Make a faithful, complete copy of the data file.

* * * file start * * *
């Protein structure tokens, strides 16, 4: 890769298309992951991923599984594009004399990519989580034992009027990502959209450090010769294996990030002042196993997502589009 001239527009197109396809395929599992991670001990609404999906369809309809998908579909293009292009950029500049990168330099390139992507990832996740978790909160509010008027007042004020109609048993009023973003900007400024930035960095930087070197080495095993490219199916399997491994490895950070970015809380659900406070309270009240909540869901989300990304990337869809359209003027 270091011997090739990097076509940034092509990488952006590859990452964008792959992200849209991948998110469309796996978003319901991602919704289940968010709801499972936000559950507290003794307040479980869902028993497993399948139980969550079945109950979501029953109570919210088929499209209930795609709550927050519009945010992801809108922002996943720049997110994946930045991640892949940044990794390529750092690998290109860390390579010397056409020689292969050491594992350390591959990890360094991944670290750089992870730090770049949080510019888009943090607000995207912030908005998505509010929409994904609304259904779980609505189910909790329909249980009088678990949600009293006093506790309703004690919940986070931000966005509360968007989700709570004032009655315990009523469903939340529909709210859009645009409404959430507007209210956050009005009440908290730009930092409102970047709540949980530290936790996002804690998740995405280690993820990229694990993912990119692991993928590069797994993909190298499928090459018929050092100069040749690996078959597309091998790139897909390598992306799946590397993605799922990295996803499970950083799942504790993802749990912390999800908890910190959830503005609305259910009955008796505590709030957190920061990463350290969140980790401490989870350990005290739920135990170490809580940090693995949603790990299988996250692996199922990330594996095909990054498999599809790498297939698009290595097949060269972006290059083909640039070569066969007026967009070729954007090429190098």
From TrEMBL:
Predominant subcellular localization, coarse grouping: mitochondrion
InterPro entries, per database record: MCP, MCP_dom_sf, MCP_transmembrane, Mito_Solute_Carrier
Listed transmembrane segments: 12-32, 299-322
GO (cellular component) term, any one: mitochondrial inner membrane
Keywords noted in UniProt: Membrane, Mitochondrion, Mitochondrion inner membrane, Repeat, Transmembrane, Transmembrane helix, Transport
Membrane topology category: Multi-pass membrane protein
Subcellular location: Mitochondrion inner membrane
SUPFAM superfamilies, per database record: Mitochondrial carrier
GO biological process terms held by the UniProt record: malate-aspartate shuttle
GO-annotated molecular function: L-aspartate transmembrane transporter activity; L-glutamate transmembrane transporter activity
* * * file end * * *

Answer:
């Protein structure tokens, strides 16, 4: 890769298309992951991923599984594009004399990519989580034992009027990502959209450090010769294996990030002042196993997502589009 001239527009197109396809395929599992991670001990609404999906369809309809998908579909293009292009950029500049990168330099390139992507990832996740978790909160509010008027007042004020109609048993009023973003900007400024930035960095930087070197080495095993490219199916399997491994490895950070970015809380659900406070309270009240909540869901989300990304990337869809359209003027 270091011997090739990097076509940034092509990488952006590859990452964008792959992200849209991948998110469309796996978003319901991602919704289940968010709801499972936000559950507290003794307040479980869902028993497993399948139980969550079945109950979501029953109570919210088929499209209930795609709550927050519009945010992801809108922002996943720049997110994946930045991640892949940044990794390529750092690998290109860390390579010397056409020689292969050491594992350390591959990890360094991944670290750089992870730090770049949080510019888009943090607000995207912030908005998505509010929409994904609304259904779980609505189910909790329909249980009088678990949600009293006093506790309703004690919940986070931000966005509360968007989700709570004032009655315990009523469903939340529909709210859009645009409404959430507007209210956050009005009440908290730009930092409102970047709540949980530290936790996002804690998740995405280690993820990229694990993912990119692991993928590069797994993909190298499928090459018929050092100069040749690996078959597309091998790139897909390598992306799946590397993605799922990295996803499970950083799942504790993802749990912390999800908890910190959830503005609305259910009955008796505590709030957190920061990463350290969140980790401490989870350990005290739920135990170490809580940090693995949603790990299988996250692996199922990330594996095909990054498999599809790498297939698009290595097949060269972006290059083909640039070569066969007026967009070729954007090429190098």
From TrEMBL:
Predominant subcellular localization, coarse grouping: mitochondrion
InterPro entries, per database record: MCP, MCP_dom_sf, MCP_transmembrane, Mito_Solute_Carrier
Listed transmembrane segments: 12-32, 299-322
GO (cellular component) term, any one: mitochondrial inner membrane
Keywords noted in UniProt: Membrane, Mitochondrion, Mitochondrion inner membrane, Repeat, Transmembrane, Transmembrane helix, Transport
Membrane topology category: Multi-pass membrane protein
Subcellular location: Mitochondrion inner membrane
SUPFAM superfamilies, per database record: Mitochondrial carrier
GO biological process terms held by the UniProt record: malate-aspartate shuttle
GO-annotated molecular function: L-aspartate transmembrane transporter activity; L-glutamate transmembrane transporter activity